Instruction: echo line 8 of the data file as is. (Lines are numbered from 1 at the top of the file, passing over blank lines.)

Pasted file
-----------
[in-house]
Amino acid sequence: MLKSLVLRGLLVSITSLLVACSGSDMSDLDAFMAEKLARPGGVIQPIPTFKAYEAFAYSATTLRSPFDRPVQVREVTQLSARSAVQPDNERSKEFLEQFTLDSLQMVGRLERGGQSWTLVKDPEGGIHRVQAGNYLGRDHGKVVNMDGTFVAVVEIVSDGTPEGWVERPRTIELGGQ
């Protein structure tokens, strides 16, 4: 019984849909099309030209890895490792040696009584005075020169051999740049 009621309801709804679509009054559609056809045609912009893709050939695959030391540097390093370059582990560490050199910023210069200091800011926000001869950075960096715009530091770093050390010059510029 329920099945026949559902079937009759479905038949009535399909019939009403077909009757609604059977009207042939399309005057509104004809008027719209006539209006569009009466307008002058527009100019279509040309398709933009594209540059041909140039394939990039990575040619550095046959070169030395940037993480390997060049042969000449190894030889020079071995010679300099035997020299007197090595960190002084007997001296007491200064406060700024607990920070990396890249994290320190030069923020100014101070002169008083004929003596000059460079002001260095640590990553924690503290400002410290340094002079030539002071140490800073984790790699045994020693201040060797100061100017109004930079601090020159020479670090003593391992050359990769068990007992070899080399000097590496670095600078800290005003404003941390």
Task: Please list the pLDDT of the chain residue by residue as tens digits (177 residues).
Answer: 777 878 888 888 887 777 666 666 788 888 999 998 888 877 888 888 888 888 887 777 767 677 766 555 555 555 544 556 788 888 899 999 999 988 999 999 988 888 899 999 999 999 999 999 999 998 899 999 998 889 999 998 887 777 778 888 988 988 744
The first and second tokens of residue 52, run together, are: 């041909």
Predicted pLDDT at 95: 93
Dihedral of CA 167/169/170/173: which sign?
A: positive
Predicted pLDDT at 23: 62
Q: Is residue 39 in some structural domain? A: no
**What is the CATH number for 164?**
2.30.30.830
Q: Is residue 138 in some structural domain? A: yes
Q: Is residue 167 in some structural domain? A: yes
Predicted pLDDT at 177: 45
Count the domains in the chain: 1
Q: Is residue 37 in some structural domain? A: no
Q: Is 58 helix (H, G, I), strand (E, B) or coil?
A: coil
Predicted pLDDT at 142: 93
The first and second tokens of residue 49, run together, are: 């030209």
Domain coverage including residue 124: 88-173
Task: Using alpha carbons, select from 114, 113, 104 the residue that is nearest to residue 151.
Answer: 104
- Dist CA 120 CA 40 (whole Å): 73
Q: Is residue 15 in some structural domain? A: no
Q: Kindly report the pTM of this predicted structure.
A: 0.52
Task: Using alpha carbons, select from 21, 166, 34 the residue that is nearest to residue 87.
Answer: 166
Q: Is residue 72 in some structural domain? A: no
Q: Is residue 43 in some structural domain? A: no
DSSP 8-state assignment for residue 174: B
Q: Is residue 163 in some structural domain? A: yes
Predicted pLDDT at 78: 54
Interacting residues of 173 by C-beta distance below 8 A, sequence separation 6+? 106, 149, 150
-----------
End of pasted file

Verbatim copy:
Dihedral of CA 167/169/170/173: which sign?